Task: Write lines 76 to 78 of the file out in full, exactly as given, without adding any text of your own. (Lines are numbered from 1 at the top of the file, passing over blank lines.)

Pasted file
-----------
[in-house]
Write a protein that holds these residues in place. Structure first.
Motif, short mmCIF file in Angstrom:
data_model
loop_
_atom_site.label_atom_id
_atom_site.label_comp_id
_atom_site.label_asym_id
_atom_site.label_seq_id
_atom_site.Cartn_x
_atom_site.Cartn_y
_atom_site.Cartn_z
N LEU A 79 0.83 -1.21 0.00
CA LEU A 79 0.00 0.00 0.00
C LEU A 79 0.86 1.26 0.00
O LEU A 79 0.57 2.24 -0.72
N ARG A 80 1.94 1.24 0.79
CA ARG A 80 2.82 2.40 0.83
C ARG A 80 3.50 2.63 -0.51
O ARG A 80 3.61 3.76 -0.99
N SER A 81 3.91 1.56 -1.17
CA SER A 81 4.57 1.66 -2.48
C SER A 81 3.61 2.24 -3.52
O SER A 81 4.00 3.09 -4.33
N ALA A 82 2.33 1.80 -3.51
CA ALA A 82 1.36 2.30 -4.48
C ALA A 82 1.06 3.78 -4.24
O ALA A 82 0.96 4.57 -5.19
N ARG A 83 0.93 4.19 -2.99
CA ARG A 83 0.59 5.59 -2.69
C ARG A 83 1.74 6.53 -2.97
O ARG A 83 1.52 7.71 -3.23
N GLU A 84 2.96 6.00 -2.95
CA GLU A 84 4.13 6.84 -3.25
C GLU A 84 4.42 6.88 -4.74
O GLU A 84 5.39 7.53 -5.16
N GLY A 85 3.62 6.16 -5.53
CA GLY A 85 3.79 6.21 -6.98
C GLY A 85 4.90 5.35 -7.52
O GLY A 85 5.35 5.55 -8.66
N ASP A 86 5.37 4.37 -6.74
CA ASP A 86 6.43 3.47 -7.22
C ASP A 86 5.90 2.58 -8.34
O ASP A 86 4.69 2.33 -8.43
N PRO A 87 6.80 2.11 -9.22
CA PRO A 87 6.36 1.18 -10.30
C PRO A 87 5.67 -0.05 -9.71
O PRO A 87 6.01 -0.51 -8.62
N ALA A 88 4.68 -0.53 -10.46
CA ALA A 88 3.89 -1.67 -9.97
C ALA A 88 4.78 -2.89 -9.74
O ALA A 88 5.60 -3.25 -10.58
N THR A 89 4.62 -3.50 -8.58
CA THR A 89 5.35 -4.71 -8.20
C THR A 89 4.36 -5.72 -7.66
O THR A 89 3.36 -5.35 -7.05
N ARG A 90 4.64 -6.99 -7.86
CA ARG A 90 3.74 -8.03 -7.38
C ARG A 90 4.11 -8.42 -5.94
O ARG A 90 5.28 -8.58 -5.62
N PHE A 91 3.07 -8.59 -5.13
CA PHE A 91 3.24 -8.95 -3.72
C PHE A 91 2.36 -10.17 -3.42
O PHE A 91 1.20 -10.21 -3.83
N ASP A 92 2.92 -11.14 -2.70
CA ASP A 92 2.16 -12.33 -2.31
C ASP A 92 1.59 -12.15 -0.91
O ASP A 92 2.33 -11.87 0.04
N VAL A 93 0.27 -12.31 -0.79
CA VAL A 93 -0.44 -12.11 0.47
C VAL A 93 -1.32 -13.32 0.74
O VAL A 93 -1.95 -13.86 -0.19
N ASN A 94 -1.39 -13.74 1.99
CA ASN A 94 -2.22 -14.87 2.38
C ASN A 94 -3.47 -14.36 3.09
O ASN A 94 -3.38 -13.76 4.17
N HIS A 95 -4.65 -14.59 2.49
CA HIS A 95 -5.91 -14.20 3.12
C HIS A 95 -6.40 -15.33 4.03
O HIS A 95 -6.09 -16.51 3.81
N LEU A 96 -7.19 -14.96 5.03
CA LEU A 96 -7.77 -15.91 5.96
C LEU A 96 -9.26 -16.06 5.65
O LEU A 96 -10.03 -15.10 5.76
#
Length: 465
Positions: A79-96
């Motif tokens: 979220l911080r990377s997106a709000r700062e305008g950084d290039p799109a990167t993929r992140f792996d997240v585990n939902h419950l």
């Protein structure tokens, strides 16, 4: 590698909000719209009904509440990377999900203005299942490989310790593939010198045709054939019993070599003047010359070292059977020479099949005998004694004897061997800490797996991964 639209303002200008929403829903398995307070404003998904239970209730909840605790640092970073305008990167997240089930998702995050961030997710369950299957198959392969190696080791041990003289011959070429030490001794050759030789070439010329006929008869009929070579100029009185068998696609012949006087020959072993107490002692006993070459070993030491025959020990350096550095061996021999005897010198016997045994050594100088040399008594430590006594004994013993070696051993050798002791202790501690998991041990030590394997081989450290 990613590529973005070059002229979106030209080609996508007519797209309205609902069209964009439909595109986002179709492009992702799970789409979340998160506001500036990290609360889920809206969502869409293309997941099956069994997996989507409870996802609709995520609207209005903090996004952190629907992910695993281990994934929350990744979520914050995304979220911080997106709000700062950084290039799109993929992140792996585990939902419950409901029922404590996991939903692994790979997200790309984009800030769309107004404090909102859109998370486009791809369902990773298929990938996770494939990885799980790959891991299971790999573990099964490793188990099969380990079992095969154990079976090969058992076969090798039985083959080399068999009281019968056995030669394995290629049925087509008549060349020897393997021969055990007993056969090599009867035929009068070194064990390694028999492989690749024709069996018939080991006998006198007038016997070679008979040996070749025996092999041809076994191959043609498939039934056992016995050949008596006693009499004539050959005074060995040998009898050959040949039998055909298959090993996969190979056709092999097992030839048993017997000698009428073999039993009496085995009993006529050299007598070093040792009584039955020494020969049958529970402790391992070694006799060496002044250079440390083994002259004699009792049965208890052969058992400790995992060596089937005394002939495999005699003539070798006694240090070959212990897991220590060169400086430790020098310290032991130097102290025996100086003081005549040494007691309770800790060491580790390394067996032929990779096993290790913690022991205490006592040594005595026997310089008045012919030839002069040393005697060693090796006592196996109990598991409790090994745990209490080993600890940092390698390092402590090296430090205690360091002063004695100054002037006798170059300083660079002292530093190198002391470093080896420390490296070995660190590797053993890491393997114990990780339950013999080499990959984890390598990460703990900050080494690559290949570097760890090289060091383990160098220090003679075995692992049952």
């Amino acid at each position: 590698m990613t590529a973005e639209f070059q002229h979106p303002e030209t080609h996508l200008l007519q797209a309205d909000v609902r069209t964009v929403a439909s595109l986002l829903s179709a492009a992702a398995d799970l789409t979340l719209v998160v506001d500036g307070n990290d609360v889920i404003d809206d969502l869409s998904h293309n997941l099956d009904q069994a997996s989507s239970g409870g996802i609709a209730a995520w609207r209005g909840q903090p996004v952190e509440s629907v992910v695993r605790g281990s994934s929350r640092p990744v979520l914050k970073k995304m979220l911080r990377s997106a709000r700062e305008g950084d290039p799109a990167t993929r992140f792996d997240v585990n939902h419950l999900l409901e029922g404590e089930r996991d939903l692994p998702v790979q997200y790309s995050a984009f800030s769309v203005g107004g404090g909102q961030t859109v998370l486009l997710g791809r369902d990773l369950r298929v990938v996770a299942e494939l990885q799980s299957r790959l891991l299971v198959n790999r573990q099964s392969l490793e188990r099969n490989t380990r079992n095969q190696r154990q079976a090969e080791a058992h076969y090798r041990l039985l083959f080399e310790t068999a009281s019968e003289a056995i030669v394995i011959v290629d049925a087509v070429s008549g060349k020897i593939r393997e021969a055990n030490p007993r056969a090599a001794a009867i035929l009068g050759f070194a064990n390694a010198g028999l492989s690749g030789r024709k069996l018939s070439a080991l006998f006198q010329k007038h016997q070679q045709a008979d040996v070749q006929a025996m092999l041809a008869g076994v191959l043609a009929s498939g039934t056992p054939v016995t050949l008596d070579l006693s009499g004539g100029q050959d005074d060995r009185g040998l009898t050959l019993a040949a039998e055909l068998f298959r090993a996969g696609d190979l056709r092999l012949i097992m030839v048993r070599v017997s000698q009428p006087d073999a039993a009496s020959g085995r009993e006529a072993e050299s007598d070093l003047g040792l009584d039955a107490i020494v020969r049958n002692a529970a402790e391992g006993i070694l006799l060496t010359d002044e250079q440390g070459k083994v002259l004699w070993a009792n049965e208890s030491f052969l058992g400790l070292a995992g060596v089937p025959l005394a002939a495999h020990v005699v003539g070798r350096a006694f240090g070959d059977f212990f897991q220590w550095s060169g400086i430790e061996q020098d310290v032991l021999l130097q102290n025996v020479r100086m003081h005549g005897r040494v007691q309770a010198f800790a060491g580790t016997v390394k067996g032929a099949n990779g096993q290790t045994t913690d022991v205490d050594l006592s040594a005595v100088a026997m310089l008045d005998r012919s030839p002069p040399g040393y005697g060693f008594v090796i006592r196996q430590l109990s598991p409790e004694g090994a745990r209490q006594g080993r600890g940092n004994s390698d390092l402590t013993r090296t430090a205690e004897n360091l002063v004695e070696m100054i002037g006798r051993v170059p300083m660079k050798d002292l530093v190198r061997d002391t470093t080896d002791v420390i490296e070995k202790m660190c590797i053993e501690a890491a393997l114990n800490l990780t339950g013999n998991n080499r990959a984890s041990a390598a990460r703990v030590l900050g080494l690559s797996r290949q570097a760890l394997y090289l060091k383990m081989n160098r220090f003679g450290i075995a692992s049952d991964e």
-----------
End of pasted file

O ASN A 94 -3.38 -13.76 4.17
N HIS A 95 -4.65 -14.59 2.49
CA HIS A 95 -5.91 -14.20 3.12